The other Fabrizio has a very specific area of expertise. How did you find a point of entry into the realm of Old Masters?
When we first fell into this sort of back and forth, I realized it would be interesting to play on that—this idea that we have this very similar identity card and such different identities. I thought maybe we could explore the modes of perspective, and then perspective kind of spilled all throughout this thing. He’s an Old Masters dealer, and I’m not a scholar in that sense by any means. I’m more of a contemporary art fan, but I do appreciate a good painting. The interesting thing to me was: Could we modernize these Old Masters paintings, just by the way that they're viewed? I wanted to build something like a modern maze that could foster a more personal relationship between the viewer and the artwork. Most of it is built so that only one person can see at a time, like a kind of confessional where you actually have to kneel to reveal the painting. That kind of genuflecting gives a fresh perspective, but it also harkens back to the original intent of the paintings. It’s almost like an area where you ask for forgiveness, so for that one I chose three or four paintings that are more religious.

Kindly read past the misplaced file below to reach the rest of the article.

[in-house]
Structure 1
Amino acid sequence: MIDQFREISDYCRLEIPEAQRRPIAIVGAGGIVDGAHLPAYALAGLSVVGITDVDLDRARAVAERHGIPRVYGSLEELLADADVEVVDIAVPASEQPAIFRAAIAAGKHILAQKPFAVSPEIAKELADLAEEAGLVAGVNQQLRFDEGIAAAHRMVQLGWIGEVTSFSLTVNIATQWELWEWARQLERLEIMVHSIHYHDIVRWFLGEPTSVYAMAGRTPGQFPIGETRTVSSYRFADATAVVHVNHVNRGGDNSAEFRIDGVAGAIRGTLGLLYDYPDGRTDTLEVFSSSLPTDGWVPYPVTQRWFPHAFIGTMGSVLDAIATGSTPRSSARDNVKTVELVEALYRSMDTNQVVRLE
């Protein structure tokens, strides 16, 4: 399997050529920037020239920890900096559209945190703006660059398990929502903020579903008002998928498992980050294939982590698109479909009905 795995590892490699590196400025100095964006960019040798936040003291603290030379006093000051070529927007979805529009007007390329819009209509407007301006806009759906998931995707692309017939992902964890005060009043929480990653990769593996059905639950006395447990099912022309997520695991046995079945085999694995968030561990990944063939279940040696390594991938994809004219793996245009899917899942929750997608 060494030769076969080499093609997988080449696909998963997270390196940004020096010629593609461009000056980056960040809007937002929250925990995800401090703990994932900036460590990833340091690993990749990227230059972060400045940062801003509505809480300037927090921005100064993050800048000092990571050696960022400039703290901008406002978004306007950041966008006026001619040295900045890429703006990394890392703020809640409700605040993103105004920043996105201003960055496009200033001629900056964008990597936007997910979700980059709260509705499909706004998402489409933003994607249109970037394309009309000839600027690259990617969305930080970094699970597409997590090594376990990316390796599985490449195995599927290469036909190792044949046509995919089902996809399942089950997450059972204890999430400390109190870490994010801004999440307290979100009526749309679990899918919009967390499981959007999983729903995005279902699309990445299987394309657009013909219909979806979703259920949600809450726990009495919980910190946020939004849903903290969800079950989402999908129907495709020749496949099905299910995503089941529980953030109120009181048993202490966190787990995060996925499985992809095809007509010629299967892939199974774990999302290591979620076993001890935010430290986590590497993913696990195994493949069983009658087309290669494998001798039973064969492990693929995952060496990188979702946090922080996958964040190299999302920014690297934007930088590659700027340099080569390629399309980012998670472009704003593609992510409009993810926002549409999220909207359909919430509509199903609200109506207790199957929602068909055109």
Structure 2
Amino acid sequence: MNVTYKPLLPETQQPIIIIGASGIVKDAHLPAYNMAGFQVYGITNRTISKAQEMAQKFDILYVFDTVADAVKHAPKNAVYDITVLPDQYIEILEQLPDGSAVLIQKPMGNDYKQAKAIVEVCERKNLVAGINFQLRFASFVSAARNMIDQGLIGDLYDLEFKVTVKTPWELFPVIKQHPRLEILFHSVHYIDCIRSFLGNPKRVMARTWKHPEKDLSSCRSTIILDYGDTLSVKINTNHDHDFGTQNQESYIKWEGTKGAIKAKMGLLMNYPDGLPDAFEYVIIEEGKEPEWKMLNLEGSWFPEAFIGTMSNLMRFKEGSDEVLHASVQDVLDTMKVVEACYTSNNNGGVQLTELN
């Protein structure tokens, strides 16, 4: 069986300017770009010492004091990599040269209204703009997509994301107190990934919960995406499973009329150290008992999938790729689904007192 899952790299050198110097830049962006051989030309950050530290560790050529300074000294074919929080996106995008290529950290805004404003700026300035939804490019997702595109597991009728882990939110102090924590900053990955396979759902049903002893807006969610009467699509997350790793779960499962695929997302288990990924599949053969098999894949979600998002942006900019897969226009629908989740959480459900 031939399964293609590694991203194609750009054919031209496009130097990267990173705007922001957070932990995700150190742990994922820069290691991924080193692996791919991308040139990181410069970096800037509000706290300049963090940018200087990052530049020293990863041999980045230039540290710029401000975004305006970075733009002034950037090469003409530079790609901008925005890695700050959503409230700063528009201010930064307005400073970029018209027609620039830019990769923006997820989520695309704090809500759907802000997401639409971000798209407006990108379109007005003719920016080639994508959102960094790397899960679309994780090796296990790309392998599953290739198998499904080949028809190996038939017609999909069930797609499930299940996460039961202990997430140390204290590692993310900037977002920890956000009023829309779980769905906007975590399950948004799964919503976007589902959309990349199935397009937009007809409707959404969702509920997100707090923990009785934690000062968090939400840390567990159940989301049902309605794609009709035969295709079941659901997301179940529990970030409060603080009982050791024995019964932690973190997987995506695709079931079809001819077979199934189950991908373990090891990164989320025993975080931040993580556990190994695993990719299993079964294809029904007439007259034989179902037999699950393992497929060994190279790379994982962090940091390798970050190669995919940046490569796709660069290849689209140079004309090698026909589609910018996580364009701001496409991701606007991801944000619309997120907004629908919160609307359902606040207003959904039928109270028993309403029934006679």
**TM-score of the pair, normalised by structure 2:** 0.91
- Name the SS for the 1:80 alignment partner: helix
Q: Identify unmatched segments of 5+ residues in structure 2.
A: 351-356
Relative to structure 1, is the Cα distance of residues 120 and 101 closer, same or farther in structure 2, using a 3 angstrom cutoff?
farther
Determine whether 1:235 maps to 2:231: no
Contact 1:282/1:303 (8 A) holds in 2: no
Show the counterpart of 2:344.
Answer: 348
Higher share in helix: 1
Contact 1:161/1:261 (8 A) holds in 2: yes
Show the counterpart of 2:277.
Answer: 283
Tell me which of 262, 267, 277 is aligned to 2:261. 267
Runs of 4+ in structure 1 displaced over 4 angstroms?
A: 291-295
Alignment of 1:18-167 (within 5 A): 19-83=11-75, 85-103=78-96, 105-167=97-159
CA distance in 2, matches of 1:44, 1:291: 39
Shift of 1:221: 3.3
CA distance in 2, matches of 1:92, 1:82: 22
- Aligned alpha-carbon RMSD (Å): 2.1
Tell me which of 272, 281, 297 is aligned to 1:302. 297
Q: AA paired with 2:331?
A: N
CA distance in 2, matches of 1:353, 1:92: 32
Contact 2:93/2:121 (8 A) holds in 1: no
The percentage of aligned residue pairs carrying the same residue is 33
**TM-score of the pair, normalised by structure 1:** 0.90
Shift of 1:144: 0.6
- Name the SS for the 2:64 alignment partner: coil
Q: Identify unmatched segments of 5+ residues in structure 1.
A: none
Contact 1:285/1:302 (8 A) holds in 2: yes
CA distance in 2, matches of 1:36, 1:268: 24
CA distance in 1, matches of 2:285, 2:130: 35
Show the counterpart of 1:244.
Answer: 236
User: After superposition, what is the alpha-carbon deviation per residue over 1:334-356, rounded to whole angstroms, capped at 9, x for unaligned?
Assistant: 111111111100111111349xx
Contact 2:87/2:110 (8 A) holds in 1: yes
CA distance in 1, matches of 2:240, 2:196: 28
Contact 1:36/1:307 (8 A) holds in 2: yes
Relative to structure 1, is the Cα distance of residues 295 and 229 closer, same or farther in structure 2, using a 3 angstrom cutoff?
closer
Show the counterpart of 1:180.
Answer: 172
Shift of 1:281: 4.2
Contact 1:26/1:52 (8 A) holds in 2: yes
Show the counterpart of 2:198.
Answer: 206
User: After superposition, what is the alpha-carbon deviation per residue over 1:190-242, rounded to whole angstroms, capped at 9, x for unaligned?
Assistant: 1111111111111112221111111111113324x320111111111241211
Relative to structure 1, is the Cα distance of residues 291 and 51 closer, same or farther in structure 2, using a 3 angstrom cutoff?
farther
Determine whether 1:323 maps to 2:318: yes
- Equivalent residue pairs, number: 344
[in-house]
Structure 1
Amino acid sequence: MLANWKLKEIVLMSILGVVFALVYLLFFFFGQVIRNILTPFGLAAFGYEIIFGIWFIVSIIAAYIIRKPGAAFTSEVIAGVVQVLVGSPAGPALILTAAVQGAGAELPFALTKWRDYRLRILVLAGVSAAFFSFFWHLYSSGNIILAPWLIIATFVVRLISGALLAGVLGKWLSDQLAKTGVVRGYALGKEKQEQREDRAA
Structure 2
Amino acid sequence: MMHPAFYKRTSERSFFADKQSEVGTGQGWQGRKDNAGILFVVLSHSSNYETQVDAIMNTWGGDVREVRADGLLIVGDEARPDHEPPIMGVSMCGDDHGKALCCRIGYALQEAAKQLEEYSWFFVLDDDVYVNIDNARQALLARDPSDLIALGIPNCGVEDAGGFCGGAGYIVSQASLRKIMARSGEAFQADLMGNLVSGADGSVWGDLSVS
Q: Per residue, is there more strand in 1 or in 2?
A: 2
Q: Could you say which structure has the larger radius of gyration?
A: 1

Do you collect art?
I have several pieces I consider art, and several pieces that I bought. One is a Vanessa Prager, and another is an abstract photograph by Richard Caldicott, which is actually of tupperware. And I've been looking at the Sotheby’s app, which is really cool. The idea of owning art doesn't seem like such a distant prospect anymore thanks to these guys.
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